I haven’t had a car ride like that before, or since. No one I’ve ever known could drive like Paul Newman. Newman was the master. And apparently he was the same with his motorcycles – half-crazed, but masterful. A couple of years after this, he started racing professionally.
Back at his house, we hung out for another hour or so, Paul and A.C. and I, went in the house, had some beers (at 10 in the morning!), went downstairs in the basement to his pool room where’d hung up various honors and awards on the wall. The table was all set up for eight ball, and he wanted to play. (I’ll admit I’d wasted a lot of time in college shooting pool, and wasn’t half bad at it…) Well, just as we were about to chalk up our cues, I could see my uncle A.C. getting a little antsy.
“The ladies might be home by now,” he said.
“Just one game, A.C.?” I said. Please don’t take me away from a chance to lose to this guy. Or beat him. Not now!
“We should go.”
That was it – no pool today. We were upstairs and outside and I was back in my ratty old Porsche with a handshake and a wave of thanks to Paul. It was the last time I ever saw him.
About 4 months later, Paul was Butch Cassidy, with the film shoot starting in September 1968 in New Mexico. This was about a month after the infamous 1968 Chicago Democratic Convention, where he was still working hard for Gene McCarthy, and lost. I think it shows in his face. He shifted his energies to help Hubert Humphrey beat Nixon, and lost again.
“… and I went shopping?!“
And then my romantic, chivalrous world came crashing down, like a pillar of salt.
Back in A.C.”s driveway, we hopped out of the old Porsche as the ladies were just finishing unloading grocery bags – like dozens of them – from my aunt’s car. Hannah looked great. I liked her. Forget the beer heiress part. I liked her as a person, didn’t care about what came with it. Why did she disappear for the last two hours? Because she volunteered to help my aunt shop for dinner (and apparently the next month’s dinners as well).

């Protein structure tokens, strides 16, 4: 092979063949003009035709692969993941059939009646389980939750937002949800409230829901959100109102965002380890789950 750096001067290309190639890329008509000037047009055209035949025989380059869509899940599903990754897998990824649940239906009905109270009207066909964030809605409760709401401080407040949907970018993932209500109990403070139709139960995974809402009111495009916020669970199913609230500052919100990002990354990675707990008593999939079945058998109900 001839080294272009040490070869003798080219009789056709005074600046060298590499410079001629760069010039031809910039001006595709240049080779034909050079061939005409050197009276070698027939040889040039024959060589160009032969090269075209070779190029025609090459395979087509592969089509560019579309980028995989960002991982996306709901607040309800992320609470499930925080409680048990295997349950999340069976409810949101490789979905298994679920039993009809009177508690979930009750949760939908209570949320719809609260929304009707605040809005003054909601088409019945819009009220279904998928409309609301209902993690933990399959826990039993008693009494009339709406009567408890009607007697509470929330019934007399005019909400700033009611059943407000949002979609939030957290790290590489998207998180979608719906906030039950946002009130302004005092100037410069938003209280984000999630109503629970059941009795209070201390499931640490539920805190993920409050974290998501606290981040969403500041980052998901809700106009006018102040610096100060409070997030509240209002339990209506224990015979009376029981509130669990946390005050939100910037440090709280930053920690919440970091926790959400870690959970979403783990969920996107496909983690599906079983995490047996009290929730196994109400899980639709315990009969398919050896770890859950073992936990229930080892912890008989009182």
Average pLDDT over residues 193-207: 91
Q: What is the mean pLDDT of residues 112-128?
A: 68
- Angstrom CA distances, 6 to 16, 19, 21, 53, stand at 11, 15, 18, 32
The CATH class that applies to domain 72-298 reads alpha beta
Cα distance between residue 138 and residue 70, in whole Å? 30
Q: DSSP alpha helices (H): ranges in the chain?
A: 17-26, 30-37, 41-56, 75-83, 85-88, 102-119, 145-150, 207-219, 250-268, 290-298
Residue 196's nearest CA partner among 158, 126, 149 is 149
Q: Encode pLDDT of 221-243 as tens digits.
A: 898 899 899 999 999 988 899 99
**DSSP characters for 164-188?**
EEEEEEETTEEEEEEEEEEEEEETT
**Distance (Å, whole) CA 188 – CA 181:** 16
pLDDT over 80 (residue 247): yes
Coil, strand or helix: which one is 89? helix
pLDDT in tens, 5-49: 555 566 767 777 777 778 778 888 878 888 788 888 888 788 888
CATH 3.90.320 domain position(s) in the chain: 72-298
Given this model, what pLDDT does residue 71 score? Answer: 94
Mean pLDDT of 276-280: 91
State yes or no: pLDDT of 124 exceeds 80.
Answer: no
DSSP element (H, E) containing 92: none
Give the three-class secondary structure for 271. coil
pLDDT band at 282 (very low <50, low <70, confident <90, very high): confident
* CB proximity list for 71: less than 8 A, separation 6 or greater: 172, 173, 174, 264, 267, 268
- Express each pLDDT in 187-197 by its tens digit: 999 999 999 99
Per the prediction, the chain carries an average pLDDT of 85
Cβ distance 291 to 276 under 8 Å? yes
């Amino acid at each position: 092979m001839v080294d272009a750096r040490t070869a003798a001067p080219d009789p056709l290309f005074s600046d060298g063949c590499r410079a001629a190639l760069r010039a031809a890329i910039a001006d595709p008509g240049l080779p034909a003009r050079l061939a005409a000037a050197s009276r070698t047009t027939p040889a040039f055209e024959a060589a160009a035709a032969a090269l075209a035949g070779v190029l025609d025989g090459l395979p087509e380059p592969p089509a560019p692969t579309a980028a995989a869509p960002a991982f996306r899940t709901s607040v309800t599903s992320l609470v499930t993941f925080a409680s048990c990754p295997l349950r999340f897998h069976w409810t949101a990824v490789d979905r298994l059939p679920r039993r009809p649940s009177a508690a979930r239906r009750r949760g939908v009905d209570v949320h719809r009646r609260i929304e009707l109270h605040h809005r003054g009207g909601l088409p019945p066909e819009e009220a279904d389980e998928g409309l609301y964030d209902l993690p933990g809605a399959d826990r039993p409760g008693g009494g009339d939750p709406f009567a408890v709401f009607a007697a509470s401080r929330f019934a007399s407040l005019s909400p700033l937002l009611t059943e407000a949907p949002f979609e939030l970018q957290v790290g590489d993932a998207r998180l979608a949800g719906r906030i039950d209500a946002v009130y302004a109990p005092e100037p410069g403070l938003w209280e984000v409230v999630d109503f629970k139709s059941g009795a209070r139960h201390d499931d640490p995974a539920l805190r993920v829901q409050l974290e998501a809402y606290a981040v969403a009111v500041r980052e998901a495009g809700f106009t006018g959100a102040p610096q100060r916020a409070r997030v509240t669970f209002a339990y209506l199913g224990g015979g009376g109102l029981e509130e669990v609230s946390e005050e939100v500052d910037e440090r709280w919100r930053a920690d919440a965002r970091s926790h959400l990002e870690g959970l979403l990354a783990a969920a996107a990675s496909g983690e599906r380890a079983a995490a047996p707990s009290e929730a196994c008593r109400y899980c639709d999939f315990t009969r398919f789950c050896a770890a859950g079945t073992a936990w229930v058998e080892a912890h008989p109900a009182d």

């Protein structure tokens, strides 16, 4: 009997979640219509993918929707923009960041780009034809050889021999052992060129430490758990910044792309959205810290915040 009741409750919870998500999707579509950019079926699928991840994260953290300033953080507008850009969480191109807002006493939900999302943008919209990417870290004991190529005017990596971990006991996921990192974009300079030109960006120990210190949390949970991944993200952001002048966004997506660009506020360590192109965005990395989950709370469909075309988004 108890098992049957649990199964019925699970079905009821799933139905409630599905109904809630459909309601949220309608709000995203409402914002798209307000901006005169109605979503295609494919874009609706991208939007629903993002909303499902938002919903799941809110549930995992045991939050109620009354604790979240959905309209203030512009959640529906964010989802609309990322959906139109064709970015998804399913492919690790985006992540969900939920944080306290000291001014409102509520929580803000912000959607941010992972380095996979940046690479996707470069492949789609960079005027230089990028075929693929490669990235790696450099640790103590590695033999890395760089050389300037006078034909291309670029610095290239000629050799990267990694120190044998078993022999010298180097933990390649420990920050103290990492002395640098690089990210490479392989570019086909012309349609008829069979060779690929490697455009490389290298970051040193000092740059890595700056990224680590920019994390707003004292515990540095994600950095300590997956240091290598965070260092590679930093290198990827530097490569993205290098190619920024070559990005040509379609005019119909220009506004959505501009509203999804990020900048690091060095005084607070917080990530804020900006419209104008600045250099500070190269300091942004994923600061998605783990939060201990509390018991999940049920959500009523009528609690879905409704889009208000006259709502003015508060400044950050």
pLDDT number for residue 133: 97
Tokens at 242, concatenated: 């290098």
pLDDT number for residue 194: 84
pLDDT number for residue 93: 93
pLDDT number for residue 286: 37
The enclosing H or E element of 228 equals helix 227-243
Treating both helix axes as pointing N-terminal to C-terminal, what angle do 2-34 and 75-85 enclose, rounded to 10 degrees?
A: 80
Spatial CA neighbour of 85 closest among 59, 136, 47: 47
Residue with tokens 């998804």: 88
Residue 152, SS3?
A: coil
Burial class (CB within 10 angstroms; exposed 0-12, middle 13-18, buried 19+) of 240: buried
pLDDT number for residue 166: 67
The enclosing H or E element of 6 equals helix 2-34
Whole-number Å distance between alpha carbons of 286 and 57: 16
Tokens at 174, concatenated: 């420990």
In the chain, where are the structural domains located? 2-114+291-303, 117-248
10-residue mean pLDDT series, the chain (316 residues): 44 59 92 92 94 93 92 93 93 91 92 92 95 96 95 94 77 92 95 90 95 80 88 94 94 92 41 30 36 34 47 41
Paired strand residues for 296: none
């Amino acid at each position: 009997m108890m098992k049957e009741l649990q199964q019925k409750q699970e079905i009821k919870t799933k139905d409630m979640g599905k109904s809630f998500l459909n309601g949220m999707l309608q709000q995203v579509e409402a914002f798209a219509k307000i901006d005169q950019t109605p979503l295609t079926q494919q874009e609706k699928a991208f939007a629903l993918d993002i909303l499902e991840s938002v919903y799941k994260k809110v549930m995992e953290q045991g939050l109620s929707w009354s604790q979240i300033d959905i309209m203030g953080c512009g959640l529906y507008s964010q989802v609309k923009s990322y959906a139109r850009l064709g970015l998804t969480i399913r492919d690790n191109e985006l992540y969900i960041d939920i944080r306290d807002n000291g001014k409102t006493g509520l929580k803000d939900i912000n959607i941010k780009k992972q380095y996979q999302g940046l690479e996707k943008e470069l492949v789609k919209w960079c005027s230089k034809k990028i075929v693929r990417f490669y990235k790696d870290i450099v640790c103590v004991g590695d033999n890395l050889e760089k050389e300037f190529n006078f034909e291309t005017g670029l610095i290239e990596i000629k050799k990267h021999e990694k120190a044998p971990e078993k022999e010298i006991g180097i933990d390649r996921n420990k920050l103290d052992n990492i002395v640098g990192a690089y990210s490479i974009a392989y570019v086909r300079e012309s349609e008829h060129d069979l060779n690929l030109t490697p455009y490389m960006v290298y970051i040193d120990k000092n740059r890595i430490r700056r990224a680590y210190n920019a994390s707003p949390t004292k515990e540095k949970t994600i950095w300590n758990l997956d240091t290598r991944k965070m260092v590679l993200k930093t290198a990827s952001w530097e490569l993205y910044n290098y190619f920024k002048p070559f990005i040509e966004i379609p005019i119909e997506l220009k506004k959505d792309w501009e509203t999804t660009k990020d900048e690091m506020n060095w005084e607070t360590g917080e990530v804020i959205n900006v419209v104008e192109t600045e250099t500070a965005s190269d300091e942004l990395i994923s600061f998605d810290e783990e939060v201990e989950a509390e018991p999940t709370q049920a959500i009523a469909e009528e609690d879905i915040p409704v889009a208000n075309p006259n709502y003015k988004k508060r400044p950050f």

“Hi,” she said.
“Where you guys been?”
“Oh, across the street.” Keep it vague.
My aunt piped up, “Oh, they were probably hanging out with Paul.”
My aunt piped up. “Paul Newman, and maybe Joanne –“
“Paul… Newman? Like… the actor?”
I mumbled, “Yeah, but it was just a … short visit. I wanted to show him my car.”
“Well, yeah, he took me for a ride –“
“Paul Newman lives across the street?!”
“Yuh, I’d forgotten –“
She was gone, lugging two grocery bags into the house without another word. I followed her in. She was practically hurling cans of diced tomatoes and creamed corn into the pantry. And swearing. “You hung out with Paul Newman for two hours and I went shopping??!!”
“I liked great chunks of it…”
Years later, in the ’80s, I was writing screenplays and not selling them. I wrote three with Newman in mind as the lead, and sent them along to him via his management firm, Rogers and Cowan in New York. This was still the typewriter era, sending hard copies with return envelopes. Here’s one rejection letter that still hangs on my wall:
(Note: I’ve tried to keep this story as true to memory as possible, but a word of dialogue here and there may not be perfectly accurate… you know how it is).